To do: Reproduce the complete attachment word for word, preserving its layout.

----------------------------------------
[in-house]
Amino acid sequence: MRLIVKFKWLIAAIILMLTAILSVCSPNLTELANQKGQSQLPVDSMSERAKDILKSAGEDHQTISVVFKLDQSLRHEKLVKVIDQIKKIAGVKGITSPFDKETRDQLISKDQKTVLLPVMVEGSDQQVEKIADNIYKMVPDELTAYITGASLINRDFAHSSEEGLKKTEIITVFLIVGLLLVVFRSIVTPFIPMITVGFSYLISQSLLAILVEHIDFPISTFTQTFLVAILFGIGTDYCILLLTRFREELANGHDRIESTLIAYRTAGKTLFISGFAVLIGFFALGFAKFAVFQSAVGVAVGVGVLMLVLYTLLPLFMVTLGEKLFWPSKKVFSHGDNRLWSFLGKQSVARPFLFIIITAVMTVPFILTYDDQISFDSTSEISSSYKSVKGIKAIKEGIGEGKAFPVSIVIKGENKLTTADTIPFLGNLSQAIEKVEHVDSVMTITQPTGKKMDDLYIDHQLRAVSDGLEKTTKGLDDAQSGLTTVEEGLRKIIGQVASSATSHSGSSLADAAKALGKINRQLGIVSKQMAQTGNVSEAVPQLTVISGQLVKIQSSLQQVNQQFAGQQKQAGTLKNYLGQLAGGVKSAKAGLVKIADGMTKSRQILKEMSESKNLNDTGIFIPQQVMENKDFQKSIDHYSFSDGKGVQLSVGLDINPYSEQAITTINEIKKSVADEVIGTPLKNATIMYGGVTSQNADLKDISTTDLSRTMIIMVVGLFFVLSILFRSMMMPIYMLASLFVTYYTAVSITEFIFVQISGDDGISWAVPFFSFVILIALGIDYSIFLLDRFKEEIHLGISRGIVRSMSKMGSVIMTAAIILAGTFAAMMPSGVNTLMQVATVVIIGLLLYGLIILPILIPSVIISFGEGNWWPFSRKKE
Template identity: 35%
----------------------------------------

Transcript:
[in-house]
Amino acid sequence: MRLIVKFKWLIAAIILMLTAILSVCSPNLTELANQKGQSQLPVDSMSERAKDILKSAGEDHQTISVVFKLDQSLRHEKLVKVIDQIKKIAGVKGITSPFDKETRDQLISKDQKTVLLPVMVEGSDQQVEKIADNIYKMVPDELTAYITGASLINRDFAHSSEEGLKKTEIITVFLIVGLLLVVFRSIVTPFIPMITVGFSYLISQSLLAILVEHIDFPISTFTQTFLVAILFGIGTDYCILLLTRFREELANGHDRIESTLIAYRTAGKTLFISGFAVLIGFFALGFAKFAVFQSAVGVAVGVGVLMLVLYTLLPLFMVTLGEKLFWPSKKVFSHGDNRLWSFLGKQSVARPFLFIIITAVMTVPFILTYDDQISFDSTSEISSSYKSVKGIKAIKEGIGEGKAFPVSIVIKGENKLTTADTIPFLGNLSQAIEKVEHVDSVMTITQPTGKKMDDLYIDHQLRAVSDGLEKTTKGLDDAQSGLTTVEEGLRKIIGQVASSATSHSGSSLADAAKALGKINRQLGIVSKQMAQTGNVSEAVPQLTVISGQLVKIQSSLQQVNQQFAGQQKQAGTLKNYLGQLAGGVKSAKAGLVKIADGMTKSRQILKEMSESKNLNDTGIFIPQQVMENKDFQKSIDHYSFSDGKGVQLSVGLDINPYSEQAITTINEIKKSVADEVIGTPLKNATIMYGGVTSQNADLKDISTTDLSRTMIIMVVGLFFVLSILFRSMMMPIYMLASLFVTYYTAVSITEFIFVQISGDDGISWAVPFFSFVILIALGIDYSIFLLDRFKEEIHLGISRGIVRSMSKMGSVIMTAAIILAGTFAAMMPSGVNTLMQVATVVIIGLLLYGLIILPILIPSVIISFGEGNWWPFSRKKE
Template identity: 35%